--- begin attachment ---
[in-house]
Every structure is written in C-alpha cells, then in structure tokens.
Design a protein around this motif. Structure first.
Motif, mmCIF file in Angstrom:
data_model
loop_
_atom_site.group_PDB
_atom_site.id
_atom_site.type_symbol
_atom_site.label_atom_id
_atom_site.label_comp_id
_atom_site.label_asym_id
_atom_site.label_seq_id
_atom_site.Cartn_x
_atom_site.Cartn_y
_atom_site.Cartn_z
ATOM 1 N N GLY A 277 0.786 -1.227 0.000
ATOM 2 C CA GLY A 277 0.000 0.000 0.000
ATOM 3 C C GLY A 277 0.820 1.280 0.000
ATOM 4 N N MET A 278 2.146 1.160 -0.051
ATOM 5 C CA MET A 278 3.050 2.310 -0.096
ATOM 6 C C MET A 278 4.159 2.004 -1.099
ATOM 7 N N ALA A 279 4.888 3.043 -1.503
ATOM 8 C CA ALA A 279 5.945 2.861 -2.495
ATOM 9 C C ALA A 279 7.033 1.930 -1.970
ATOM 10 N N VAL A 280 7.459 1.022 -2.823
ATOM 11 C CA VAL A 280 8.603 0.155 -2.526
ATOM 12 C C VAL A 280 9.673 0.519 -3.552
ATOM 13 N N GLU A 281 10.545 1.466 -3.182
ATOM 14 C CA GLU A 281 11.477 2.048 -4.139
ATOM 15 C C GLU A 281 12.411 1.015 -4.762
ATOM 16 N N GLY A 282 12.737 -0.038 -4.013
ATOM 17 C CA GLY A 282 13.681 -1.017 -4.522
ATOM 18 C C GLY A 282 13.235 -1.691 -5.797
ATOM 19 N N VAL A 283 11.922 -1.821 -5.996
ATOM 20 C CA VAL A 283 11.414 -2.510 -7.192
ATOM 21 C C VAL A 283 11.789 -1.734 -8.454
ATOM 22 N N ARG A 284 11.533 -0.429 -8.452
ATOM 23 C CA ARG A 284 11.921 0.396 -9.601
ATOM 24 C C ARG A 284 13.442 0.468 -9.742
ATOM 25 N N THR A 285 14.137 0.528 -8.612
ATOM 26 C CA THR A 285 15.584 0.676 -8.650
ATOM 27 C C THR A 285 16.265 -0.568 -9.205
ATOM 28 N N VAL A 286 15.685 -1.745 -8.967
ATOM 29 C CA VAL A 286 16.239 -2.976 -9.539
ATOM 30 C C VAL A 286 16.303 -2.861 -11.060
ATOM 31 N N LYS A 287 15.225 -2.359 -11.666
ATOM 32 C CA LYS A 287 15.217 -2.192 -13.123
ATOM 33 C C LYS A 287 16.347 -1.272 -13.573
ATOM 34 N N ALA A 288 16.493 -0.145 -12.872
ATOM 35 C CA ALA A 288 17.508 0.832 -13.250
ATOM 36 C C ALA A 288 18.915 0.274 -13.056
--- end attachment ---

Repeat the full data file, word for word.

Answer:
[in-house]
Every structure is written in C-alpha cells, then in structure tokens.
Design a protein around this motif. Structure first.
Motif, mmCIF file in Angstrom:
data_model
loop_
_atom_site.group_PDB
_atom_site.id
_atom_site.type_symbol
_atom_site.label_atom_id
_atom_site.label_comp_id
_atom_site.label_asym_id
_atom_site.label_seq_id
_atom_site.Cartn_x
_atom_site.Cartn_y
_atom_site.Cartn_z
ATOM 1 N N GLY A 277 0.786 -1.227 0.000
ATOM 2 C CA GLY A 277 0.000 0.000 0.000
ATOM 3 C C GLY A 277 0.820 1.280 0.000
ATOM 4 N N MET A 278 2.146 1.160 -0.051
ATOM 5 C CA MET A 278 3.050 2.310 -0.096
ATOM 6 C C MET A 278 4.159 2.004 -1.099
ATOM 7 N N ALA A 279 4.888 3.043 -1.503
ATOM 8 C CA ALA A 279 5.945 2.861 -2.495
ATOM 9 C C ALA A 279 7.033 1.930 -1.970
ATOM 10 N N VAL A 280 7.459 1.022 -2.823
ATOM 11 C CA VAL A 280 8.603 0.155 -2.526
ATOM 12 C C VAL A 280 9.673 0.519 -3.552
ATOM 13 N N GLU A 281 10.545 1.466 -3.182
ATOM 14 C CA GLU A 281 11.477 2.048 -4.139
ATOM 15 C C GLU A 281 12.411 1.015 -4.762
ATOM 16 N N GLY A 282 12.737 -0.038 -4.013
ATOM 17 C CA GLY A 282 13.681 -1.017 -4.522
ATOM 18 C C GLY A 282 13.235 -1.691 -5.797
ATOM 19 N N VAL A 283 11.922 -1.821 -5.996
ATOM 20 C CA VAL A 283 11.414 -2.510 -7.192
ATOM 21 C C VAL A 283 11.789 -1.734 -8.454
ATOM 22 N N ARG A 284 11.533 -0.429 -8.452
ATOM 23 C CA ARG A 284 11.921 0.396 -9.601
ATOM 24 C C ARG A 284 13.442 0.468 -9.742
ATOM 25 N N THR A 285 14.137 0.528 -8.612
ATOM 26 C CA THR A 285 15.584 0.676 -8.650
ATOM 27 C C THR A 285 16.265 -0.568 -9.205
ATOM 28 N N VAL A 286 15.685 -1.745 -8.967
ATOM 29 C CA VAL A 286 16.239 -2.976 -9.539
ATOM 30 C C VAL A 286 16.303 -2.861 -11.060
ATOM 31 N N LYS A 287 15.225 -2.359 -11.666
ATOM 32 C CA LYS A 287 15.217 -2.192 -13.123
ATOM 33 C C LYS A 287 16.347 -1.272 -13.573
ATOM 34 N N ALA A 288 16.493 -0.145 -12.872
ATOM 35 C CA ALA A 288 17.508 0.832 -13.250
ATOM 36 C C ALA A 288 18.915 0.274 -13.056